A White House–commissioned independent review of the Department of Energy’s (DOE’s) loan portfolio concludes that the DOE could better manage its loan program and ongoing monitoring of its loan portfolio, but that the loan portfolio as a whole is expected to perform well and holds less risk than envisioned by Congress when it created and funded that program.

The review was conducted by Herb Allison, a former Treasury Department official who the White House says has a “wide-ranging experience in the finance, business, and government sectors during a career in public and private service that spans four decades and both Republican and Democratic Administrations.”

The DOE operates two programs that provide loans or loan guarantees to support clean energy projects. The Title XVII program, established under the authority of Title XVII of the Energy Policy Act of 2005 (EPAct) and the American Recovery and Reinvestment Act of 2009 (ARRA), provides loan guarantees for loans made to support certain types of clean energy projects. The Advanced Technology Vehicle Manufacturing program (ATVM) was established by the Energy Independence and Security Act of 2007 (EISA) to make direct loans to manufacturers of advanced technology vehicles. The review essentially evaluates 30 loans of which 25 were closed under the Title XVII program and five under ATVM. The loans total about $23.7 billion as of Nov. 28, 2011.

Among its  key recommendations, the review calls on the DOE to establish an “early warning system” to identify and mitigate potential problems with individual loans or guarantees. It also calls on the DOE to strengthen management by ensuring long-term funding for oversight of the portfolio.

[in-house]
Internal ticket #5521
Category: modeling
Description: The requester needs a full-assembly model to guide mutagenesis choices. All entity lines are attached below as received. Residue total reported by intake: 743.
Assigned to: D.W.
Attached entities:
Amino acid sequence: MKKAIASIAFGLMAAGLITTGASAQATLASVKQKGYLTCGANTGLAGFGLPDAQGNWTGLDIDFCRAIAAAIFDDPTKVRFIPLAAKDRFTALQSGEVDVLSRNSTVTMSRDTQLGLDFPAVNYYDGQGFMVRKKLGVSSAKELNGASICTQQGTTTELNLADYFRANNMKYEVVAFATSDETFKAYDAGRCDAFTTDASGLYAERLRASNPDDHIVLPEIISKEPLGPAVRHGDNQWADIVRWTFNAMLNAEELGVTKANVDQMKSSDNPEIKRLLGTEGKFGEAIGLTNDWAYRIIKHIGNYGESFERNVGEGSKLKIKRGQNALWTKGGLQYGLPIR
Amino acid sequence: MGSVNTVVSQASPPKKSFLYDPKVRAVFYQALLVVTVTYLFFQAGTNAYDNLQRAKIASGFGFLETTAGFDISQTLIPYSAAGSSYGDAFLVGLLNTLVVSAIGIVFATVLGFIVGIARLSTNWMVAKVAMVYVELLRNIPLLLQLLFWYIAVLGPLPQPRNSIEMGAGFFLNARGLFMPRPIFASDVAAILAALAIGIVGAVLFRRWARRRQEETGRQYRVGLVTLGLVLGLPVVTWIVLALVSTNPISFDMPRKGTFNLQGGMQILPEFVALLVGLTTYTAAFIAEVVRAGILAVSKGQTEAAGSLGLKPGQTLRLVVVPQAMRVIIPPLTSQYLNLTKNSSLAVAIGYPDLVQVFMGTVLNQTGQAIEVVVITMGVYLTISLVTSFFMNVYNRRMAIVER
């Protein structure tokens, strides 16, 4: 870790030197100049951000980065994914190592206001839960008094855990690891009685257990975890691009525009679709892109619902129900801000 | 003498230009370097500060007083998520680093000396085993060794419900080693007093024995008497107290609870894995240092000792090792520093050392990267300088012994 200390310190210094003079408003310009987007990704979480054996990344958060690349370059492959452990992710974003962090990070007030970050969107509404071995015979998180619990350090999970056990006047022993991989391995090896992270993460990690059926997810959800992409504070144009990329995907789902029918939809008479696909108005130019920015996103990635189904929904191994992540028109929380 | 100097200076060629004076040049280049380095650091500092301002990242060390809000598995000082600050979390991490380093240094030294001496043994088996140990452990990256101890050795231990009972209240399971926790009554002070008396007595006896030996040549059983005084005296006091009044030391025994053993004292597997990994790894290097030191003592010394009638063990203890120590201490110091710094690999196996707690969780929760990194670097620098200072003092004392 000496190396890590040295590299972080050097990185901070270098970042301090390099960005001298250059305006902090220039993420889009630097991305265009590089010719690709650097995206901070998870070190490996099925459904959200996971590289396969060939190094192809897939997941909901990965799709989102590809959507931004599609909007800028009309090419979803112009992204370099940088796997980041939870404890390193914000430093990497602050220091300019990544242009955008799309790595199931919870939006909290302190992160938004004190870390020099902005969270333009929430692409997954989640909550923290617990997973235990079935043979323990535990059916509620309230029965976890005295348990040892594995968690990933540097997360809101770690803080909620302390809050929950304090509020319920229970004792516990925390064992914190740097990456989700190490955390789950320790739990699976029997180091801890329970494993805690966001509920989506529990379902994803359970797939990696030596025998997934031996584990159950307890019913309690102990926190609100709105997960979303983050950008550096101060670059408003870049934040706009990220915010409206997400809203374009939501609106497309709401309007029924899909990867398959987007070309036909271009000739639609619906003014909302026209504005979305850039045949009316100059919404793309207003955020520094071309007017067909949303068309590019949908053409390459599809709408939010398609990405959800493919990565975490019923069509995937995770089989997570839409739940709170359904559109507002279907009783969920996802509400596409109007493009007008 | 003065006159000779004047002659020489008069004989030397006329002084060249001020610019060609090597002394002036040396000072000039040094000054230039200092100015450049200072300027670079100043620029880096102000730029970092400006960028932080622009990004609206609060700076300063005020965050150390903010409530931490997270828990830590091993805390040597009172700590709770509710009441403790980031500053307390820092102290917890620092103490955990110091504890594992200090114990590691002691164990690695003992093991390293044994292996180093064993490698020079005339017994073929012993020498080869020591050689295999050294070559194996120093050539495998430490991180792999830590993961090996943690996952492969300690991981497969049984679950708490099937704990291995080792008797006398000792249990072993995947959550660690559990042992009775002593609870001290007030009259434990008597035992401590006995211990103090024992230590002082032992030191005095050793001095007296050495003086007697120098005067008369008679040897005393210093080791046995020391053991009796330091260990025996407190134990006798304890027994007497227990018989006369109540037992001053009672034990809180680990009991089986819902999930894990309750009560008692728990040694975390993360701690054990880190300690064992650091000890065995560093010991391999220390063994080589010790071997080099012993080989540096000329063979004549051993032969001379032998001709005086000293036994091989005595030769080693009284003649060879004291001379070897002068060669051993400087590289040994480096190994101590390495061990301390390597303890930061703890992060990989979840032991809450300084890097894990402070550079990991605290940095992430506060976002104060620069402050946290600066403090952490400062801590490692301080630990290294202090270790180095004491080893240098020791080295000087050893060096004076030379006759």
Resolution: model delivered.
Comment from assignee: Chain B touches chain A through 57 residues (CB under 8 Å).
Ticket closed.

Finally, it calls on the DOE to develop explicit standards of performance for managing the portfolio during construction phases of projects and beyond. For example, “The Title XVII program’s statutory standard of ’reasonable prospect of repayment‘ is vague. DOE should provide clear guidance regarding the meaning of ‘reasonable prospect of repayment’ so that the financial goal for managers is unambiguous,” it says.

Chu: More Loan Recipients Could Collapse
Responding to the White House–commissioned review, Energy Secretary Steven Chu warned that several other companies that have received loan guarantees could fail.

“We have always known that there were inherent risks in backing innovative technologies at full commercial scale, and it is very likely that there will be other companies in the portfolio that won’t succeed,” Chu said in a statement Friday. “But the vast majority of companies are expected to pay the loans back in full, on time, and with about $8 billion in interest—while supporting a total of 60,000 American jobs and helping us compete for a rapidly growing global industry,” he said.

A Rash of Bankruptcies
The review was commissioned on October 28, 2011, after the White House came under fire for its management of the loan program. After California solar panel maker Solyndra Inc., which received a $528 million federal loan guarantee folded last summer, Massachusetts-based flywheel-maker Beacon Power, a company that got $43 million in loan guarantees, also filed for bankruptcy in October. Then in January, New York-based Ener1, which makes lithium-ion batteries for electric cars, filed Chapter 11. Ener1 subsidiary EnerDel received a $118 million stimulus grant from the DOE in 2009.

The latest casualty is lightweight solar product maker Energy Conversion Devices (ECD), parent company of lightweight solar product maker United Solar. ECD filed for bankruptcy Tuesday, saying it struggled to keep costs down as prices on solar panels fell. The company temporarily suspended manufacturing of its lightweight solar products last fall and said it would cut 500 jobs.

The Hill reported that Rep. Fred Upton (R-Mich.), a lawmaker who has been vocally critical of the Obama administration’s handling of Solyndra, urged the DOE to back ECD, a  Michigan firm, in 2009. 

ECD’s failure is the fourth major solar bankruptcy in the industry in the past year stemming from the global price war. Solar Inc., Solyndra, and SpectraWatt have also sought Chapter 11 protection.

Sources: POWERnews, The White House, The Hill